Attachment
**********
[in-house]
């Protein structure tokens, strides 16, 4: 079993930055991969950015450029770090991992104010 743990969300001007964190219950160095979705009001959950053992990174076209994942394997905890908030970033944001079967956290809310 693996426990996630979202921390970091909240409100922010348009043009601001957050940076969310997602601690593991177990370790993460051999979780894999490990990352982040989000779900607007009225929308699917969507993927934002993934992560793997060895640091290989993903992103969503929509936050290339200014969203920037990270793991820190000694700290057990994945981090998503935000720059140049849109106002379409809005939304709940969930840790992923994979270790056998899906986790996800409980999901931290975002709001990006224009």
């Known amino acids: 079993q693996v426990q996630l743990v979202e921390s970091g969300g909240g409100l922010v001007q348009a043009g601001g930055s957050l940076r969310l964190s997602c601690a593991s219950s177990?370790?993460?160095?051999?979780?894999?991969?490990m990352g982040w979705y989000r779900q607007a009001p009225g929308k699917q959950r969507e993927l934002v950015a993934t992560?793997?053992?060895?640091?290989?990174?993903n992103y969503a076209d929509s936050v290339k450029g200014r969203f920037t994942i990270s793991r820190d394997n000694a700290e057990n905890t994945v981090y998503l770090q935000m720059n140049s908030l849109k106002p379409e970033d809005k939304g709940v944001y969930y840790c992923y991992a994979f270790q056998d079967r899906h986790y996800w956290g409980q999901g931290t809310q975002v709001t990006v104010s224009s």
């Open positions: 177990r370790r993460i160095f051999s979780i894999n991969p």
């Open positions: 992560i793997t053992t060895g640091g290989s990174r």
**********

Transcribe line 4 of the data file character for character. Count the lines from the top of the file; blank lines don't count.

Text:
């Open positions: 177990r370790r993460i160095f051999s979780i894999n991969p």